• refers to some of the mechanics of the process by which it was decided to establish that reserve, and
  • makes a decision about the amount to be placed in reserve.

As noted in [14] above, the creation of the contingency reserve is publically known, [2] though the amount placed in reserve is not.

20. Document 13 is not a record of deliberative processes. It does not record the Government’s ‘thinking processes’. It records a decision.

 Findings

21. Document 13 is not conditionally exempt under s 47C.

 The public interest test (s 11A(5))

22. I have found that document 13 is conditionally exempt under s 47D of the FOI Act.[3] Section 11A(5) provides that, if a document is conditionally exempt, it must be disclosed ‘unless (in the circumstances) access to the document at that time would, on balance, be contrary to the public interest’.

23. Section 11B(3) of the FOI Act lists factors that favour access when applying the public interest test. Three of those factors are applicable to this IC review: promoting the objects of the FOI Act, informing debate on a matter of public importance, and promoting effective oversight of public expenditure. In particular, disclosure would promote accountability, transparency and public oversight in relation to the Australian Government’s policy on the carbon tax, and contribute to public debate on the issue.

24. The Guidelines include a non-exhaustive list of further factors that favour access. [4] None of those factors is applicable to this IC review.

25. The Guidelines also include a non-exhaustive list of factors against disclosure. [5] None of those factors is directly applicable. However, I think it is an important factor against disclosure that, as the Treasury put it in its reasons for decision, public disclosure of the information in question would harm the Commonwealth’s interests in relation to negotiations pertaining to the Budget measure.[6]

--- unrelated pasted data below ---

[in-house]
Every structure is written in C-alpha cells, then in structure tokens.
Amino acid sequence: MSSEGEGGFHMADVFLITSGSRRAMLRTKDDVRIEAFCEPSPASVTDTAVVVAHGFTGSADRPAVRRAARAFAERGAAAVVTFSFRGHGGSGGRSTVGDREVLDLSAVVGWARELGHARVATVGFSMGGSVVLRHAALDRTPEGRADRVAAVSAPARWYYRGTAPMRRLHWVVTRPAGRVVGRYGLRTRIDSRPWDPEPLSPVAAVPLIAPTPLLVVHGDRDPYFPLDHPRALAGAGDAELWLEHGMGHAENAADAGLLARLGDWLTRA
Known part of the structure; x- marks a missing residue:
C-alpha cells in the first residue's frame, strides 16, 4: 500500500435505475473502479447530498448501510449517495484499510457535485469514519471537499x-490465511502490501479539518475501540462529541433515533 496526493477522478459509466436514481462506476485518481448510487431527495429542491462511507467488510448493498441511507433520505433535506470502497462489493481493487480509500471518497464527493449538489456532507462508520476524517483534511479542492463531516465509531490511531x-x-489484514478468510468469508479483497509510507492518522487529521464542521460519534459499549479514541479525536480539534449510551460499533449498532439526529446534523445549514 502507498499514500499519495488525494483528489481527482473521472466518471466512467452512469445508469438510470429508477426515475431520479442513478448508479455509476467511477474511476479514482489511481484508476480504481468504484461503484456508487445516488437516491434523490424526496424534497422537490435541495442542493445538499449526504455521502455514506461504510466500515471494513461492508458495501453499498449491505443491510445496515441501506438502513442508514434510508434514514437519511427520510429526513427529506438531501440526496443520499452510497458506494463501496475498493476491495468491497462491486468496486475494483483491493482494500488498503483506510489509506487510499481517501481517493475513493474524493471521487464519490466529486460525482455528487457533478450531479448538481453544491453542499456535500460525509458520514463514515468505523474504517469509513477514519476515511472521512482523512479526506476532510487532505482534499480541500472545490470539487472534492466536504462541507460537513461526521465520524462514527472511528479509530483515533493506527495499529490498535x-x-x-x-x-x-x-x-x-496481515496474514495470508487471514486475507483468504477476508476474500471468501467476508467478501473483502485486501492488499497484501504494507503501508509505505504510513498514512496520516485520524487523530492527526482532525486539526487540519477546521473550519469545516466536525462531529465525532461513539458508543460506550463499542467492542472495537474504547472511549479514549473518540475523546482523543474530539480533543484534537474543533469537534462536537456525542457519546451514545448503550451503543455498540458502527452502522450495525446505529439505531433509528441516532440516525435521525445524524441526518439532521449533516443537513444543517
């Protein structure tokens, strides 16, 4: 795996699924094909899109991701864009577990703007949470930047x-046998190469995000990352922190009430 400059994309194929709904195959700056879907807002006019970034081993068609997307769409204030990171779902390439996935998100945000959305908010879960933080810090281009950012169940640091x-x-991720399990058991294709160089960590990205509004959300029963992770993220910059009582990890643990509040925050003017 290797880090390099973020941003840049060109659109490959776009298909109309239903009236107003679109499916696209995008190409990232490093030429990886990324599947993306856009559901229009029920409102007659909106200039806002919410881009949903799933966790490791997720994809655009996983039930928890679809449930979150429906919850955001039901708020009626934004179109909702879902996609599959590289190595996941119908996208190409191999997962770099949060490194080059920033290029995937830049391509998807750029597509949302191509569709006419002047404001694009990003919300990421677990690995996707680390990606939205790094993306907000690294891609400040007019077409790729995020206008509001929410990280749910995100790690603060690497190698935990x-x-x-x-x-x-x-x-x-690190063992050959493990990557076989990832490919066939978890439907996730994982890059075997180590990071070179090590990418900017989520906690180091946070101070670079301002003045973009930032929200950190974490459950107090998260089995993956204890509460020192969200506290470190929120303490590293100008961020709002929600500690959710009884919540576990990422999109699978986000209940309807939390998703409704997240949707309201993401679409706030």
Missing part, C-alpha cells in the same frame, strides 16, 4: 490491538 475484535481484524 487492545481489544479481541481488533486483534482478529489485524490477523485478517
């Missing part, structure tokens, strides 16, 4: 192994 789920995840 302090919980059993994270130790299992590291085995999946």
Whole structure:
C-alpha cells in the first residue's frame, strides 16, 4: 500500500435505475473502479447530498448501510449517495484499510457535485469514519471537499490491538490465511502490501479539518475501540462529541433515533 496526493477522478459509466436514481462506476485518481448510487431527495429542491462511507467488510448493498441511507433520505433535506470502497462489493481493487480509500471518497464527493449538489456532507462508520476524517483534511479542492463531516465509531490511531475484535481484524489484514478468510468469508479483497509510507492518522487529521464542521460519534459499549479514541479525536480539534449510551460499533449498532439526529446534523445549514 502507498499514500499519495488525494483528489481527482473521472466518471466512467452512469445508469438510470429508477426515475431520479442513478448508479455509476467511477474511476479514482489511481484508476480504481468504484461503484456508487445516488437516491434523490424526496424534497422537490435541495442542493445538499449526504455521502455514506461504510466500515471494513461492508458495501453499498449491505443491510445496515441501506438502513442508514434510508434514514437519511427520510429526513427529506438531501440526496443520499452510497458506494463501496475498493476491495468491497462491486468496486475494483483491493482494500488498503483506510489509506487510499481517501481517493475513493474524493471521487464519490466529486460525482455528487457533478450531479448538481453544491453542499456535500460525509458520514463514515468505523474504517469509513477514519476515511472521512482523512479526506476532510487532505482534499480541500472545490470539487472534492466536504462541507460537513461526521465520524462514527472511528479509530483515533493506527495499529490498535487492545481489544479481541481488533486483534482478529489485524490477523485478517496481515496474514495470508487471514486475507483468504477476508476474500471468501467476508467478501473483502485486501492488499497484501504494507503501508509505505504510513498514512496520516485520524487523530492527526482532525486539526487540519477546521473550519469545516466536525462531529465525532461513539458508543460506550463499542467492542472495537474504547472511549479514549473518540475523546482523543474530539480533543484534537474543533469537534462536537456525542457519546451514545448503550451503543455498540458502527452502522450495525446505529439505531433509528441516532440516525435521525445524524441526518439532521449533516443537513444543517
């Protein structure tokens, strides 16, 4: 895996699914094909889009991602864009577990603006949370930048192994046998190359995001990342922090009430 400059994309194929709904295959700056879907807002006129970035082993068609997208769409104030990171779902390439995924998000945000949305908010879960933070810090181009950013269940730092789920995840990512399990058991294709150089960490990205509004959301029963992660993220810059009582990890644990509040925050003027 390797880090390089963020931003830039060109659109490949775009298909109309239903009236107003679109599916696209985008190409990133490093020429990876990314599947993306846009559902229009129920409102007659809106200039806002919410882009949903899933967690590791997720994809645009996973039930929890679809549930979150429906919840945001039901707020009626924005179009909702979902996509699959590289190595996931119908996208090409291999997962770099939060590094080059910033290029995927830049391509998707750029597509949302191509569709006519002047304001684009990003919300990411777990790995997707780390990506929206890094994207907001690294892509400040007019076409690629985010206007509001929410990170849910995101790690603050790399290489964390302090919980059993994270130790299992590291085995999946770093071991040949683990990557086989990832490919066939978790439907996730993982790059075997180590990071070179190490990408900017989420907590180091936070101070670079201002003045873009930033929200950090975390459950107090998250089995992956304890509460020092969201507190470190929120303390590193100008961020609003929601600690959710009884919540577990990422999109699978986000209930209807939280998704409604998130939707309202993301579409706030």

26. In balancing these factors—for and against disclosure—I give the greatest weight in this IC review to this factor. I am satisfied that the disclosure of details about provisions made in the contingency reserve would have a substantial adverse effect on the Commonwealth’s negotiations with key stakeholders, and that that disclosure would be contrary to the public interest.

 Findings

27. Giving Mr Briggs access to document 13 with the details of the amount placed in reserve included in the third paragraph would, on balance, be contrary to the public interest. However, an edited copy of the document could be provided to him.

 Decision

28. Under s 55K of the FOI Act, I vary the Treasury’s decision of 3 August 2012 by deciding that a copy of document 13 should be provided to Mr Briggs, edited under s 22 only as follows:

  • with the second paragraph deleted (s 34(3)), and
  • with the amount placed in the contingency reserve deleted from the third paragraph (s 47D).

 

James Popple
Freedom of Information Commissioner

20 August 2012

Review rights

If a party to an IC review is unsatisfied with an IC review decision, they may apply under s 57A of the FOI Act to have the decision reviewed by the Administrative Appeals Tribunal. The AAT provides independent merits review of administrative decisions and has power to set aside, vary, or affirm an IC review decision.

An application to the AAT must be made within 28 days of the day on which the applicant is given the IC review decision (s 29(2) of the Administrative Appeals Tribunal Act 1975). An application fee may be payable when lodging an application for review to the AAT. The current application fee is $816, which may be reduced or may not apply in certain circumstances. Further information is available on the AAT's website (www.aat.gov.au) or by telephoning 1300 366 700.


[1] Guidelines, [6.62], quoting Re Waterford and Department of the Treasury (No 2) [1984] AATA 67, [58]. See also British American Tobacco Australia Ltd and Australian Competition and Consumer Commission [2012] AICmr 19, [15]–[23].

[3] See [16] above.

[4] Guidelines, [6.25].

[5] Guidelines, [6.29].

[6] The Treasury made this point in relation to its application of s 47C.